Monday, September 17, 2012

Flint Voters Weigh In on Penalties for Pot

Marijuana will have a place on the November ballot in Michigan. Paul Armentano, Deputy Director of NORML, writes:
Voters in four Michigan cities will decide this November on municipal ordinances seeking to legalize or depenalize local marijuana offenses. 
City officials in Flint, Michigan most recently approved a citizens initiative to amend the city code so that the possession on private property of up to one ounce of marijuana or cannabis paraphernalia by those age 19 or older is no longer a criminal offense. 
Proponents of the ordinance submitted over 1,000 signatures from registered Flint voters to place the proposal on the November ballot.
Michigan's medical marijuana laws are in flux. The state supreme court is considering a case that questions whether patients can sell marijuana to each other, an issue that cuts to the heart of how dispensaries work. The state legislature has bills pending on the issue. Flint recently extended its moratorium on new dispensaries.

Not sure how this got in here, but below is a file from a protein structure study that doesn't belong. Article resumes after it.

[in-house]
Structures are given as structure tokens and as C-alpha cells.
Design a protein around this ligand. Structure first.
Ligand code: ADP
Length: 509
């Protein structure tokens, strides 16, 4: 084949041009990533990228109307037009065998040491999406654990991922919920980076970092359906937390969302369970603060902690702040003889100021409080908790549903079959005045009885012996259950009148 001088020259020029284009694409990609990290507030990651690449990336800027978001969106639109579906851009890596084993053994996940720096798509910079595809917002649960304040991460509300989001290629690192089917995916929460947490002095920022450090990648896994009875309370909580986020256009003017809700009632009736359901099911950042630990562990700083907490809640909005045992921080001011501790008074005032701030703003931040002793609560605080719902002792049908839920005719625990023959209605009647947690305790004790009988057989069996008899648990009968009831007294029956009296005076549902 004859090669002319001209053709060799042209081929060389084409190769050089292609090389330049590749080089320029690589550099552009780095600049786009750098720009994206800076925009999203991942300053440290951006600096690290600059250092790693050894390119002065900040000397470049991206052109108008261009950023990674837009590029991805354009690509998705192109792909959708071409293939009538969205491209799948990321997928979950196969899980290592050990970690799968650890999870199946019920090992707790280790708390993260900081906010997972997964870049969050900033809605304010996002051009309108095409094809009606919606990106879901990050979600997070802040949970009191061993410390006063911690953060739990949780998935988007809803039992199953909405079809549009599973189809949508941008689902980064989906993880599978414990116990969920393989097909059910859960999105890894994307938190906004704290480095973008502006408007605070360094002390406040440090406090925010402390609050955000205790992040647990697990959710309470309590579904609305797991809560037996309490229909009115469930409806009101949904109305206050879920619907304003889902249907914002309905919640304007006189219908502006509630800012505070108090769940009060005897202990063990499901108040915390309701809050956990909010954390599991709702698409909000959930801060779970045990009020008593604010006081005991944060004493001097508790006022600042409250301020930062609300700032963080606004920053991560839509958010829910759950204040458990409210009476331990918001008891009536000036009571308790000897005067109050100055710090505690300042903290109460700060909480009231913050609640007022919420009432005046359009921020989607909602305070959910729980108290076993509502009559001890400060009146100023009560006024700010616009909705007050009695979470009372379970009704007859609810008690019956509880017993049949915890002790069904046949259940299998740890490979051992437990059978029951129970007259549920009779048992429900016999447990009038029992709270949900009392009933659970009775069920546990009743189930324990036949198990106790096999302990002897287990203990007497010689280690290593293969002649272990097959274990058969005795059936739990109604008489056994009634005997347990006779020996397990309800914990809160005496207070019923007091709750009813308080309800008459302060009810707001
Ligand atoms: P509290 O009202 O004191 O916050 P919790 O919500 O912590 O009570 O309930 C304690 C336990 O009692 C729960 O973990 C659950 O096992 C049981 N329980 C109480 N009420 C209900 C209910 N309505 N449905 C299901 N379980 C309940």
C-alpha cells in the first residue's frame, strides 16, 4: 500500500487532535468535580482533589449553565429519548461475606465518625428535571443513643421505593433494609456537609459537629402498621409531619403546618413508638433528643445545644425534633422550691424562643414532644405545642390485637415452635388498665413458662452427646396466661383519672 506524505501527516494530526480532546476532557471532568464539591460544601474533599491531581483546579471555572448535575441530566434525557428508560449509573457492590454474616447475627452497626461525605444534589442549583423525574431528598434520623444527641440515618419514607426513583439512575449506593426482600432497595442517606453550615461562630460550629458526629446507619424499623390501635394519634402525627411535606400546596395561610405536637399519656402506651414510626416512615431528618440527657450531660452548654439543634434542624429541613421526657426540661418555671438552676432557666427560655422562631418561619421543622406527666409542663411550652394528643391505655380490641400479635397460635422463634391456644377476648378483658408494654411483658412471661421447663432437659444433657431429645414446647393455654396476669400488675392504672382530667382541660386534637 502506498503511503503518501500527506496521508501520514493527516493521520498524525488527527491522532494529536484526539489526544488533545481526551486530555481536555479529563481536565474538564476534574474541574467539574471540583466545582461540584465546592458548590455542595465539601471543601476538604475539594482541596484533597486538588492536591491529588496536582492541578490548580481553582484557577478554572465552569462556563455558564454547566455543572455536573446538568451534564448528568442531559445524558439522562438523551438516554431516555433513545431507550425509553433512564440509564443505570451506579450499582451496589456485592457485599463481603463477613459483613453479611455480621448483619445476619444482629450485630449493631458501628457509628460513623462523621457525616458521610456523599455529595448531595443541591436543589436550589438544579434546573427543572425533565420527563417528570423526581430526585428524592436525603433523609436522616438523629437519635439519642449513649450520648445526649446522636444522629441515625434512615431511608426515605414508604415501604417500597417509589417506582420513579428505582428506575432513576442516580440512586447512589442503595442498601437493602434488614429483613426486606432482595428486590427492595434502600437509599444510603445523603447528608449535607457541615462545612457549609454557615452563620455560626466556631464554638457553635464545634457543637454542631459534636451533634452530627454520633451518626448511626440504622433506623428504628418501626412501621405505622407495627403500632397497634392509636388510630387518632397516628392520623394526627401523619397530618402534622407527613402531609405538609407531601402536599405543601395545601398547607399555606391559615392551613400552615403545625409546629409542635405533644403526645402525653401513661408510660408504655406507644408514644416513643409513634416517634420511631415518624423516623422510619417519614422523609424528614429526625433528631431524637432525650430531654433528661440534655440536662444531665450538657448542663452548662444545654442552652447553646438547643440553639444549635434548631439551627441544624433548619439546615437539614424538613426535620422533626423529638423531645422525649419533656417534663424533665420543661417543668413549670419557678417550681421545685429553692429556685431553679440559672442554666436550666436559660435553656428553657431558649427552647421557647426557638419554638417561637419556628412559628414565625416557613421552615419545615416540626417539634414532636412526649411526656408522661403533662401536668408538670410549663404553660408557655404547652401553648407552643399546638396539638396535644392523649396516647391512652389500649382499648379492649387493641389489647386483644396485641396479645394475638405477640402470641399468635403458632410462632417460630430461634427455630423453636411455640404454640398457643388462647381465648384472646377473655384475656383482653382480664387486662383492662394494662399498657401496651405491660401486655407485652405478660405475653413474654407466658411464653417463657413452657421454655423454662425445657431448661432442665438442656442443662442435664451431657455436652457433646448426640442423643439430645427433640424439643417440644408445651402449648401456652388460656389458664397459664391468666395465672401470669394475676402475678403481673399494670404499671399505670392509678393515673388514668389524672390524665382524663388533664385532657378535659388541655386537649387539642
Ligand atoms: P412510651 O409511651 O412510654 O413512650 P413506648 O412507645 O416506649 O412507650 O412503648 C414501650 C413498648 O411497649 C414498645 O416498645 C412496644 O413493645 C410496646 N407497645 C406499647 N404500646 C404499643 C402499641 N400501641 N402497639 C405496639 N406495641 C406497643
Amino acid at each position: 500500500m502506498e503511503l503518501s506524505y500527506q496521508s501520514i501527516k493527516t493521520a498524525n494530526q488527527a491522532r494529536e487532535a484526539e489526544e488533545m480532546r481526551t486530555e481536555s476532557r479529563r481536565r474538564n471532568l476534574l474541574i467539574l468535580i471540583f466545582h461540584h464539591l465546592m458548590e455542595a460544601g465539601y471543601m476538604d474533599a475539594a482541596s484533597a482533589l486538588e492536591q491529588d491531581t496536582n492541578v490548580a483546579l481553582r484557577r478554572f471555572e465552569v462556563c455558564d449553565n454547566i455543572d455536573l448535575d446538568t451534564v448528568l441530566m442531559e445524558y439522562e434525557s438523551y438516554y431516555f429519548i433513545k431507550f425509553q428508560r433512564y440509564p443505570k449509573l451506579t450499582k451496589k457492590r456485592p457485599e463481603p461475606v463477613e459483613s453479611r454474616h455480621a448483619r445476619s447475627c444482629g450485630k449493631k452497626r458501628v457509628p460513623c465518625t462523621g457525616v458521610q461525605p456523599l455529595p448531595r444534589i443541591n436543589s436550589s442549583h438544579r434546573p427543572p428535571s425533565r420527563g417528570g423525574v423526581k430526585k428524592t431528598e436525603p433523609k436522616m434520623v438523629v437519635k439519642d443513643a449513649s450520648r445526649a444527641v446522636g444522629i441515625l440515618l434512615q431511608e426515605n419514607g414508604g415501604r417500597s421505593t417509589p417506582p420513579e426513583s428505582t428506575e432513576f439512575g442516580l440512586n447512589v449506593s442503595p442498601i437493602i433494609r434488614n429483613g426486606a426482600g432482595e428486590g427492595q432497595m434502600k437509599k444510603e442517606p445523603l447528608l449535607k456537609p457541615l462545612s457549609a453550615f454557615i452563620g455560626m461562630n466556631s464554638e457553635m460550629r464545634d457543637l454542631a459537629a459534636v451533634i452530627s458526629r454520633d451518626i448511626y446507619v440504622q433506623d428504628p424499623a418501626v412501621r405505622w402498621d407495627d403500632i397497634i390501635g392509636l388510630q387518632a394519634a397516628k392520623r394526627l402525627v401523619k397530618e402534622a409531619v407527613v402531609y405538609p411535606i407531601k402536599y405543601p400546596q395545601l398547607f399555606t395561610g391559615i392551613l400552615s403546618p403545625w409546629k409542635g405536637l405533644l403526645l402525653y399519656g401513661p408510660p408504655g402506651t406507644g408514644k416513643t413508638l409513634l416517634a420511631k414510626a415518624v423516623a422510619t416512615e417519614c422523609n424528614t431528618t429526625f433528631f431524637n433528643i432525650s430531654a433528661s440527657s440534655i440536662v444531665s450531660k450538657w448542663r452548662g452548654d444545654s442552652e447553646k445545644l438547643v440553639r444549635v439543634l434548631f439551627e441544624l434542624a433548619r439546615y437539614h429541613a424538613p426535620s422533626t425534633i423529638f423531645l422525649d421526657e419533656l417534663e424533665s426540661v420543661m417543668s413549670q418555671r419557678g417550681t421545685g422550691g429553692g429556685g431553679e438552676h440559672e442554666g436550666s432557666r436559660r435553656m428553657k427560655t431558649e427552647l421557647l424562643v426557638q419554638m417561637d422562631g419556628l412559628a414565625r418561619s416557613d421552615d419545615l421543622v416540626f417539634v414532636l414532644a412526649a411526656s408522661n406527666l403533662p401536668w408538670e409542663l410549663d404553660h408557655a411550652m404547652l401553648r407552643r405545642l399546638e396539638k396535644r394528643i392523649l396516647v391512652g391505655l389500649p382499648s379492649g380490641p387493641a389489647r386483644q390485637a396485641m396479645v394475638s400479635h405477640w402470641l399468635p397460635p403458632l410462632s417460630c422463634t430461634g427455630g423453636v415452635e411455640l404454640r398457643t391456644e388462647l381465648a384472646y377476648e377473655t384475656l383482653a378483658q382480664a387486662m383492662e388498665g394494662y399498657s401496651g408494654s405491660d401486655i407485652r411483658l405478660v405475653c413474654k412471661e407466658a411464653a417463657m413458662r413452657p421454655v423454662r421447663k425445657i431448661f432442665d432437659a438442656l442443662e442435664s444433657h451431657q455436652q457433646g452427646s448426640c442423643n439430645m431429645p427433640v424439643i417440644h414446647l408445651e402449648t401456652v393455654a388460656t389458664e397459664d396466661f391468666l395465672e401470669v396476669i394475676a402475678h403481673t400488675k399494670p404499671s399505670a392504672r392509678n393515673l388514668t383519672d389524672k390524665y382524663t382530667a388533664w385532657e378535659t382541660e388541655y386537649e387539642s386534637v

A new book on marijuana, Super-Charged: How Outlaws, Hippies, and Scientists Reinvented Marijuana by Jim Rendon, provides a deep dig into the topic, with plenty of detail on how California's dispensary system does and doesn't work, the science behind the claims of medicinal efficacy and lots of up close interviews with growers, breeders and dispensary operators. And, on a cautionary note for those hoping to cash in on medical marijuana, in places like California that have become a magnet for growers and dispensaries, prices have crashed and plenty of those hoping to make their fortunes have gone bust.

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Thanks for commenting. I moderate comments, so it may take a while for your comment to appear. You might enjoy my book about Flint called "Teardown: Memoir of a Vanishing City," a Michigan Notable Book for 2014 and a finalist for the 33rd Annual Northern California Book Award for Creative NonFiction. Filmmaker Michael Moore described Teardown as "a brilliant chronicle of the Mad Maxization of a once-great American city." More information about Teardown is available at